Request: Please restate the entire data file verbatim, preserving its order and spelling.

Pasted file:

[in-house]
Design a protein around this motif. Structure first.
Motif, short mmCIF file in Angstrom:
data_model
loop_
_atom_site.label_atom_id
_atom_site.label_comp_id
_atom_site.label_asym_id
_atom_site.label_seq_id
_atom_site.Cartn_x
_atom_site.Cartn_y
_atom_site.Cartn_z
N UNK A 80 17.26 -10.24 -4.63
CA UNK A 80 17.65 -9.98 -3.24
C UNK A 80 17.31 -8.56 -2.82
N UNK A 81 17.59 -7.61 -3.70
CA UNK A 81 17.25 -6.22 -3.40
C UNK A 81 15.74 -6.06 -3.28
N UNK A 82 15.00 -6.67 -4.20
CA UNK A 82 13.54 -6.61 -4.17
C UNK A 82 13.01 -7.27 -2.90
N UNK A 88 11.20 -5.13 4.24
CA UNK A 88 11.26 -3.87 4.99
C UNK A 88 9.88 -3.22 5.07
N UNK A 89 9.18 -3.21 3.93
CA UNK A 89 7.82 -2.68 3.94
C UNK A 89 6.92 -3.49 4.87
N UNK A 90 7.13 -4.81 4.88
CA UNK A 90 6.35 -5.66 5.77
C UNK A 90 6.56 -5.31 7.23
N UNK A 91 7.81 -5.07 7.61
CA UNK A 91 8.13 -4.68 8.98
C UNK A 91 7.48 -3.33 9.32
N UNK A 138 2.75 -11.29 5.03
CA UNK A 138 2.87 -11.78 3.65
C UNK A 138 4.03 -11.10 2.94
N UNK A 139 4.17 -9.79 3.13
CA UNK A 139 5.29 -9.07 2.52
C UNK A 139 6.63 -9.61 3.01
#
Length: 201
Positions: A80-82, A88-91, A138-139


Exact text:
[in-house]
Design a protein around this motif. Structure first.
Motif, short mmCIF file in Angstrom:
data_model
loop_
_atom_site.label_atom_id
_atom_site.label_comp_id
_atom_site.label_asym_id
_atom_site.label_seq_id
_atom_site.Cartn_x
_atom_site.Cartn_y
_atom_site.Cartn_z
N UNK A 80 17.26 -10.24 -4.63
CA UNK A 80 17.65 -9.98 -3.24
C UNK A 80 17.31 -8.56 -2.82
N UNK A 81 17.59 -7.61 -3.70
CA UNK A 81 17.25 -6.22 -3.40
C UNK A 81 15.74 -6.06 -3.28
N UNK A 82 15.00 -6.67 -4.20
CA UNK A 82 13.54 -6.61 -4.17
C UNK A 82 13.01 -7.27 -2.90
N UNK A 88 11.20 -5.13 4.24
CA UNK A 88 11.26 -3.87 4.99
C UNK A 88 9.88 -3.22 5.07
N UNK A 89 9.18 -3.21 3.93
CA UNK A 89 7.82 -2.68 3.94
C UNK A 89 6.92 -3.49 4.87
N UNK A 90 7.13 -4.81 4.88
CA UNK A 90 6.35 -5.66 5.77
C UNK A 90 6.56 -5.31 7.23
N UNK A 91 7.81 -5.07 7.61
CA UNK A 91 8.13 -4.68 8.98
C UNK A 91 7.48 -3.33 9.32
N UNK A 138 2.75 -11.29 5.03
CA UNK A 138 2.87 -11.78 3.65
C UNK A 138 4.03 -11.10 2.94
N UNK A 139 4.17 -9.79 3.13
CA UNK A 139 5.29 -9.07 2.52
C UNK A 139 6.63 -9.61 3.01
#
Length: 201
Positions: A80-82, A88-91, A138-139